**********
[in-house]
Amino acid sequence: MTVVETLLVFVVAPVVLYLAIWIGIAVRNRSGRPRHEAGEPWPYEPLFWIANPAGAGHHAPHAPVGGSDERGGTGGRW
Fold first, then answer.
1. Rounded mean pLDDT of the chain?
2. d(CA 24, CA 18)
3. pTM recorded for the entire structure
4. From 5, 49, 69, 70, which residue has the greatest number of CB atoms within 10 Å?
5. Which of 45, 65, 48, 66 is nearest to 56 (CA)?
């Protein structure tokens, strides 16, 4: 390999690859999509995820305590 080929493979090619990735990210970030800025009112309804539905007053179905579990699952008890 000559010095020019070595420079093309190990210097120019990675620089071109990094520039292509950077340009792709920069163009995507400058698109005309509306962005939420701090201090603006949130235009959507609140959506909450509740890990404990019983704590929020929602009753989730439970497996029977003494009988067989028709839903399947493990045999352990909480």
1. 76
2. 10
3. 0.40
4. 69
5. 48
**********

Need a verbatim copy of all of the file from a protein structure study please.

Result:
[in-house]
Amino acid sequence: MTVVETLLVFVVAPVVLYLAIWIGIAVRNRSGRPRHEAGEPWPYEPLFWIANPAGAGHHAPHAPVGGSDERGGTGGRW
Fold first, then answer.
1. Rounded mean pLDDT of the chain?
2. d(CA 24, CA 18)
3. pTM recorded for the entire structure
4. From 5, 49, 69, 70, which residue has the greatest number of CB atoms within 10 Å?
5. Which of 45, 65, 48, 66 is nearest to 56 (CA)?
């Protein structure tokens, strides 16, 4: 390999690859999509995820305590 080929493979090619990735990210970030800025009112309804539905007053179905579990699952008890 000559010095020019070595420079093309190990210097120019990675620089071109990094520039292509950077340009792709920069163009995507400058698109005309509306962005939420701090201090603006949130235009959507609140959506909450509740890990404990019983704590929020929602009753989730439970497996029977003494009988067989028709839903399947493990045999352990909480």
1. 76
2. 10
3. 0.40
4. 69
5. 48